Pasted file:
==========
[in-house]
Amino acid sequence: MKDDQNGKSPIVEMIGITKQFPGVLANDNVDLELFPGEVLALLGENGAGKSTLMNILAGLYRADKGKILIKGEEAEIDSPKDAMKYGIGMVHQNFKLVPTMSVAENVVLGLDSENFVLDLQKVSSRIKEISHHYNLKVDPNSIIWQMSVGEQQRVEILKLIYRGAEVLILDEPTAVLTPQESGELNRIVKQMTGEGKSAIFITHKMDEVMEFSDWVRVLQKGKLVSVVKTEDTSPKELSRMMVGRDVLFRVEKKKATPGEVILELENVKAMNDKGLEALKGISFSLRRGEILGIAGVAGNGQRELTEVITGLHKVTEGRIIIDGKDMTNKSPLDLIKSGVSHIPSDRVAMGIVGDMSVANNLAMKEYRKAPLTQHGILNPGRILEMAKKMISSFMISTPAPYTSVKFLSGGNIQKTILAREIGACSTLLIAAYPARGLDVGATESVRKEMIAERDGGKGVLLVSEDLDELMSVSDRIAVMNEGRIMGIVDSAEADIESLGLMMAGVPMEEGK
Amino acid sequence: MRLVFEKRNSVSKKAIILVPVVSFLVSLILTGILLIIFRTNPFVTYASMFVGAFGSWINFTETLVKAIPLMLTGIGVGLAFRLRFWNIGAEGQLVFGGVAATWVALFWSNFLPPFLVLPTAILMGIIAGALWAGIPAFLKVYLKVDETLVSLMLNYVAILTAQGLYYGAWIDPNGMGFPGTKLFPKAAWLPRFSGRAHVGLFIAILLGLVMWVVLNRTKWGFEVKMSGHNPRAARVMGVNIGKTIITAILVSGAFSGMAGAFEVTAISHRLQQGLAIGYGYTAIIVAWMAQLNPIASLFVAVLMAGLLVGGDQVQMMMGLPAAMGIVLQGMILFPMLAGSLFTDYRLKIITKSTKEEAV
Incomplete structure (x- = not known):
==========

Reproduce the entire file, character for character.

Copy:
[in-house]
Amino acid sequence: MKDDQNGKSPIVEMIGITKQFPGVLANDNVDLELFPGEVLALLGENGAGKSTLMNILAGLYRADKGKILIKGEEAEIDSPKDAMKYGIGMVHQNFKLVPTMSVAENVVLGLDSENFVLDLQKVSSRIKEISHHYNLKVDPNSIIWQMSVGEQQRVEILKLIYRGAEVLILDEPTAVLTPQESGELNRIVKQMTGEGKSAIFITHKMDEVMEFSDWVRVLQKGKLVSVVKTEDTSPKELSRMMVGRDVLFRVEKKKATPGEVILELENVKAMNDKGLEALKGISFSLRRGEILGIAGVAGNGQRELTEVITGLHKVTEGRIIIDGKDMTNKSPLDLIKSGVSHIPSDRVAMGIVGDMSVANNLAMKEYRKAPLTQHGILNPGRILEMAKKMISSFMISTPAPYTSVKFLSGGNIQKTILAREIGACSTLLIAAYPARGLDVGATESVRKEMIAERDGGKGVLLVSEDLDELMSVSDRIAVMNEGRIMGIVDSAEADIESLGLMMAGVPMEEGK
Amino acid sequence: MRLVFEKRNSVSKKAIILVPVVSFLVSLILTGILLIIFRTNPFVTYASMFVGAFGSWINFTETLVKAIPLMLTGIGVGLAFRLRFWNIGAEGQLVFGGVAATWVALFWSNFLPPFLVLPTAILMGIIAGALWAGIPAFLKVYLKVDETLVSLMLNYVAILTAQGLYYGAWIDPNGMGFPGTKLFPKAAWLPRFSGRAHVGLFIAILLGLVMWVVLNRTKWGFEVKMSGHNPRAARVMGVNIGKTIITAILVSGAFSGMAGAFEVTAISHRLQQGLAIGYGYTAIIVAWMAQLNPIASLFVAVLMAGLLVGGDQVQMMMGLPAAMGIVLQGMILFPMLAGSLFTDYRLKIITKSTKEEAV
Incomplete structure (x- = not known):